Crematogaster (Atopogyne) africana subspecies tibialis Santschi , Wheeler, W. M., 1922

Wheeler, W. M., 1922, The ants collected by the American Museum Congo Expedition., Bulletin of the American Museum of Natural History 45, pp. 39-269: 157-158

publication ID


persistent identifier

treatment provided by


scientific name

Crematogaster (Atopogyne) africana subspecies tibialis Santschi

new subspecies

Crematogaster (Atopogyne) africana subspecies tibialis Santschi  HNS  , new subspecies

"Worker.- "Length 3.5 mm.

"Pale castaneous. Epinotum, postpetiole, and posterior half of gaster of a deeper castaneous tint, passing to reddish brown. A spot on the vertex and the appendages dark brown, the tibiae and metatarsi blackish, the tarsi and the extremity of the thorax reticulate, the epinotum more finely, with some fine longitudinal rugae on the whole basal surface. Sides of the mesonotum regularly reticulatepunctate. Sides of the pronotum more shining and of the epinotum longitudinally striate. Petiole finely reticulate; gaster finely shagreened, almost smooth. The pubescence is rather well developed on the head, the gaster, and the appendages, sparse on the thorax. The hairs are very sparse, except around the mouth and at the tip of the gaster. Head square, with rather convex sides and straight posterior border. Eyes at the middle of the sides. Frontal area short, feebly impressed behind. Frontal carinae developed. Clypeus slightly convex, with rather arched anterior border. Mandibles striate-punctate, with four blackish teeth. The pronotum forms with the basal surface of the mesonotum a plane surface with a contour like that of C. castanea Smith  HNS  . Sides of the basal surface of the mesonotum blunt, not marginate, with the anterior eminence scarcely indicated. Promesonotal suture little or not at all impressed. Sides of the pronotum marginate. Declivity of mesonotum oblique, feebly concave from right to left, above with marginate sides. Mesoepinotal furrow moderately deep. Basal surface of epinotum trapezoidal, its length equal to its width anteriorly in the small worker. It is convex in front, more feebly behind. The spines are as short as a fifth of the interval between their bases, which is concave. They are directed backward and slightly outward. Declivity as long as two-thirds of the basal surface and forming with it an angle of about 145°. Petiole trapezoidal, as broad as long, and as broad as the epinotum. Last antennal joint reddish. A fine and dense striation disposed as in africana (Mayr) but more or less effaced on the front, vertex and occiput, where the reflection is more shining than silky. Epinotum transversely striate-rugose. Petiole smooth, postpetiole and gaster very finely shagreened, almost shining. The head is, moreover, punctate as in africana and much less smooth in the individuals with large head.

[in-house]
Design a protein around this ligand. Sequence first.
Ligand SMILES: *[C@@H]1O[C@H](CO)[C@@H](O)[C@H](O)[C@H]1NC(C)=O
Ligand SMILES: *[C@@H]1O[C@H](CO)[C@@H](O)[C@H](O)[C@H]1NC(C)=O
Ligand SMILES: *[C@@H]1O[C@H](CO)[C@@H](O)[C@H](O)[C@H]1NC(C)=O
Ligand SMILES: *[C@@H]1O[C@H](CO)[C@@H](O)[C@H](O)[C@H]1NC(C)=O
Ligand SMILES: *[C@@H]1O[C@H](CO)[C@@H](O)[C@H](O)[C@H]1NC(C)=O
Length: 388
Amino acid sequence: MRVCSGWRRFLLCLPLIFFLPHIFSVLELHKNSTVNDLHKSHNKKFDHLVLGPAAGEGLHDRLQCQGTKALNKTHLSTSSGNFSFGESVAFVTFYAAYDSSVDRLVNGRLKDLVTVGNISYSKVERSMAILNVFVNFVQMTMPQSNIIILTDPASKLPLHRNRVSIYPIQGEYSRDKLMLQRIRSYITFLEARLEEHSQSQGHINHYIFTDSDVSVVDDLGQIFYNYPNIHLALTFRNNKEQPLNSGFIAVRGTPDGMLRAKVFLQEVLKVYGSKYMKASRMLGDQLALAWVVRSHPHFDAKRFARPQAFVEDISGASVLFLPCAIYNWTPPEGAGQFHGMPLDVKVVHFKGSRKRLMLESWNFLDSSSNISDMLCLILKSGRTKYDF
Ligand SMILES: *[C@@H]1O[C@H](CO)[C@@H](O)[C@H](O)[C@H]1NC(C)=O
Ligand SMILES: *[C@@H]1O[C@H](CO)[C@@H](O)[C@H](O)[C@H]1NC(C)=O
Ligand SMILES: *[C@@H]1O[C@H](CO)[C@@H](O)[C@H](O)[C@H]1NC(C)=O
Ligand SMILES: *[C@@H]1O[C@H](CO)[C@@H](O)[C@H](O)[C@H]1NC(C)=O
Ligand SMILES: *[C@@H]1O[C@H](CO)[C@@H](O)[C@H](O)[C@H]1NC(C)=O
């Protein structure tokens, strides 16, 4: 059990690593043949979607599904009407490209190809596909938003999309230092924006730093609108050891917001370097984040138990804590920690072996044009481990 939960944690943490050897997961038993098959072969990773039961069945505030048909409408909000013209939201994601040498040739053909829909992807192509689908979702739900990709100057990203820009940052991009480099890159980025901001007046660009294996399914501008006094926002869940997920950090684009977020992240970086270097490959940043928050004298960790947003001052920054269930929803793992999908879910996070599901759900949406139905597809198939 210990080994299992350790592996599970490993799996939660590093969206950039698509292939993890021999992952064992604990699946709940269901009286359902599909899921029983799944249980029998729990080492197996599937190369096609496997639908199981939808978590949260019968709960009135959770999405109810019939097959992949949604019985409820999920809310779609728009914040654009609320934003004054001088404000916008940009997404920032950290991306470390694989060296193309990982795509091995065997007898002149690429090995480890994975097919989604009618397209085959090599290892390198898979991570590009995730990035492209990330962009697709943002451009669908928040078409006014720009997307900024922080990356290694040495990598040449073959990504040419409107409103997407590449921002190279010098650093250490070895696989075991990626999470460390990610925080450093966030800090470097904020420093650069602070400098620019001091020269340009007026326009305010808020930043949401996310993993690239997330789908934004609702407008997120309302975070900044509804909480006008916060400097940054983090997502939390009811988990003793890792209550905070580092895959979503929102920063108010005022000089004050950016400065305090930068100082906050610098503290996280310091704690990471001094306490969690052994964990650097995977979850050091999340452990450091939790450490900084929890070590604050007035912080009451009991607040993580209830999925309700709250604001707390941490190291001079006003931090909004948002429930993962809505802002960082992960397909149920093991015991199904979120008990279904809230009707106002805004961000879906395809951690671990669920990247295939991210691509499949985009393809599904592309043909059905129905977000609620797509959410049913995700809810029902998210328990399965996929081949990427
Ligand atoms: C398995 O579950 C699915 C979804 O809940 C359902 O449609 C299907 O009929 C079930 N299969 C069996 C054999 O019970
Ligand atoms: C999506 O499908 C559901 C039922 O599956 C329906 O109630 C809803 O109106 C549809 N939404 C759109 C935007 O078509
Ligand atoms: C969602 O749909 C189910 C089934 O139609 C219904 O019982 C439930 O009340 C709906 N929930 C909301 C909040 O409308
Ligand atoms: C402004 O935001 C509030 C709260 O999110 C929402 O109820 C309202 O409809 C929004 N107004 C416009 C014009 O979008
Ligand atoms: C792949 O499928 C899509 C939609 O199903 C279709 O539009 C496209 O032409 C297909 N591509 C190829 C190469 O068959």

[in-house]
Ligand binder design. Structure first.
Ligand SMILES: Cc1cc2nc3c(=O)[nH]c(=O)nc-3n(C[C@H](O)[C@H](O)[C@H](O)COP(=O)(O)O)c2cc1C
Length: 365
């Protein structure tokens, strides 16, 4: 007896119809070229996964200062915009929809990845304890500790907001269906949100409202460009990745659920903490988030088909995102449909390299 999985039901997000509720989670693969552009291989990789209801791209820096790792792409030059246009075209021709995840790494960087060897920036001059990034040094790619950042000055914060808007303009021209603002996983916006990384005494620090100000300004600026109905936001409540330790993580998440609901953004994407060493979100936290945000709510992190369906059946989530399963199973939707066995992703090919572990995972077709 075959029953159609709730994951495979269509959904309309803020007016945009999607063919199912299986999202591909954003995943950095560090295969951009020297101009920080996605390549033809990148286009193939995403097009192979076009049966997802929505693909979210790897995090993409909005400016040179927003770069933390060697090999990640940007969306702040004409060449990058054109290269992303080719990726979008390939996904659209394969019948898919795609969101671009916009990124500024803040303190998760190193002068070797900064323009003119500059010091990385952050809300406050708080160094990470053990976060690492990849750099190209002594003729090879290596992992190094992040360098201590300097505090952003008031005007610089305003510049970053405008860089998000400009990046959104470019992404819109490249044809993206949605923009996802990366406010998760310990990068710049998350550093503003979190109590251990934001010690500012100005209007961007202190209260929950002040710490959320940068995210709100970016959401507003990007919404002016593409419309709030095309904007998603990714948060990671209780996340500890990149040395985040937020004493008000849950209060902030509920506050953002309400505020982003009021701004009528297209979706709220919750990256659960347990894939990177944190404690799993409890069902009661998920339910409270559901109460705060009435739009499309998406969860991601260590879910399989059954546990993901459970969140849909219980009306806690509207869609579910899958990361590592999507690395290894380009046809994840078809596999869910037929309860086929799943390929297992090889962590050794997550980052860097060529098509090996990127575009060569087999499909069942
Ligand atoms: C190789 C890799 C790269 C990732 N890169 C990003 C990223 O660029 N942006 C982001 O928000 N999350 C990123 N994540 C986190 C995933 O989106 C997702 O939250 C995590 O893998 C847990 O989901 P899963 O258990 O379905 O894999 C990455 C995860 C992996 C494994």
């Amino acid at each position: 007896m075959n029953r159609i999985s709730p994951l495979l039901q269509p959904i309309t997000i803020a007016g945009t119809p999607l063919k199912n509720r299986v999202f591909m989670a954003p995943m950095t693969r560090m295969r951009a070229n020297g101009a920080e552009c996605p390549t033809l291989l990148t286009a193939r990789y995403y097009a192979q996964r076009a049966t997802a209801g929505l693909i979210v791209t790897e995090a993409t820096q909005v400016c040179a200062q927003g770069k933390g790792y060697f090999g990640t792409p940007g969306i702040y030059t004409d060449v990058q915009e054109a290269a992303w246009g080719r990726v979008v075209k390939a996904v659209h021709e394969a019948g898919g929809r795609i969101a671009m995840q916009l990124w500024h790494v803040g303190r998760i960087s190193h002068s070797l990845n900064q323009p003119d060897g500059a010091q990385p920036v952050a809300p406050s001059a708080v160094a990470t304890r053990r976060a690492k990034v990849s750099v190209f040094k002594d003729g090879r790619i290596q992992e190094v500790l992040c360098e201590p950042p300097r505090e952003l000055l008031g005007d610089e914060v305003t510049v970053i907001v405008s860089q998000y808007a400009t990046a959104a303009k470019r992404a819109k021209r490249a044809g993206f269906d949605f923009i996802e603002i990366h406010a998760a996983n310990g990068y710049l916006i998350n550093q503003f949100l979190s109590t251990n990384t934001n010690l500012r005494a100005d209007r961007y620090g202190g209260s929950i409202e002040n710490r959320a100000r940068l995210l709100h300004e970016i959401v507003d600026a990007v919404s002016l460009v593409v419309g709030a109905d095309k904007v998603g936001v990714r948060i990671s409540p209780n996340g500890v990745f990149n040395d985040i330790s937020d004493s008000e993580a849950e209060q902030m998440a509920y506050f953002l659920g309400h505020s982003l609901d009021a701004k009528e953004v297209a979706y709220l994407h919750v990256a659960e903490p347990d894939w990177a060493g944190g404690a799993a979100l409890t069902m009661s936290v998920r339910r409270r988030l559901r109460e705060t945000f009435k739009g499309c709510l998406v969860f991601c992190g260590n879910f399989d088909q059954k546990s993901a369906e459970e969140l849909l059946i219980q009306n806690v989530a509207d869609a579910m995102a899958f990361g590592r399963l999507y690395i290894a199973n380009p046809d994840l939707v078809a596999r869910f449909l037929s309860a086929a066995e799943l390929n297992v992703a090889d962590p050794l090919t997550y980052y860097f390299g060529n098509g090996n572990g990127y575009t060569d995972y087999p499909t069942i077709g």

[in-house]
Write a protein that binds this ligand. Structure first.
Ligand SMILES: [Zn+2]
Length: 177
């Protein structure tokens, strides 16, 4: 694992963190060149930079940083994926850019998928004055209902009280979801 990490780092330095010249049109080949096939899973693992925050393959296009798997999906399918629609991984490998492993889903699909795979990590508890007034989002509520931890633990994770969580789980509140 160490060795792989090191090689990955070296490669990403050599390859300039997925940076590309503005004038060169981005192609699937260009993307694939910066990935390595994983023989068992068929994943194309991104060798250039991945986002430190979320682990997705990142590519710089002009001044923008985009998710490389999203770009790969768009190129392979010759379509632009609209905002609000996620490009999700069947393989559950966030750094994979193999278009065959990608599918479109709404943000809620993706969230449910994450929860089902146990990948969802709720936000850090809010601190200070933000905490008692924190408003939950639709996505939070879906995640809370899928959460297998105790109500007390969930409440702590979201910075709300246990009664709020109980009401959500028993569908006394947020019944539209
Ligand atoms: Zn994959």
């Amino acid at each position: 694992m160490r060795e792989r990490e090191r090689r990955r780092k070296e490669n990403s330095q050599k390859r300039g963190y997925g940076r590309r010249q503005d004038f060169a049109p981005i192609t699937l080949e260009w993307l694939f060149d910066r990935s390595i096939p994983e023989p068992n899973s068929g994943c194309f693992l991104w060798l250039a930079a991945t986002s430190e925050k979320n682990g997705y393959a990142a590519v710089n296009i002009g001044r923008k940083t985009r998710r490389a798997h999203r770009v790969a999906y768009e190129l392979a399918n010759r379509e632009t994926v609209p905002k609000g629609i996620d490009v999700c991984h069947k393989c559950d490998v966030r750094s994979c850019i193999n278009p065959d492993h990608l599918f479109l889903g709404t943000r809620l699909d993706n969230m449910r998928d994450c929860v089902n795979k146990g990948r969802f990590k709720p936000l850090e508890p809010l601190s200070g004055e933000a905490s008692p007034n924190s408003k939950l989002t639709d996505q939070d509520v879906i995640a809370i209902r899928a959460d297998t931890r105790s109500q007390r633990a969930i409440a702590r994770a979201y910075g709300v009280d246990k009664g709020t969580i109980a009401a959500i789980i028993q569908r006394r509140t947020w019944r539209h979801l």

"The head, which varies in size independently of the rest of the body, which is almost invariable, is sometimes longer than broad and scarcely emarginate behind, sometimes broader than long, strongly concave behind and with convex sides. Eyes more posterior than in africana. Frontal area narrow, strongly impressed and shining. Mandibles punctate, feebly striate. Mesoepinotal impression stronger than in africana, the pronotum less marginate anteriorly. Mesonotum carinate, more elongate and with the declivous surface much less abrupt than in africana, with longer epinotal spines, even longer than in the variety variegata (Mayr) and a little farther apart. Petiole and postpetiole as in africana." (Santschi)

Numerous workers taken at the village of Mosekowa between Walikale and Lubutu by Dr. Bequaert from the peculiar pouches of Macaranga saccifera (Part IV) growing in the Rain Forest. As only adult ants and no brood were found in the pouches, Dr. Bequaert does not regard them as true nests. The openings of the pouches were not closed with fibrous carton.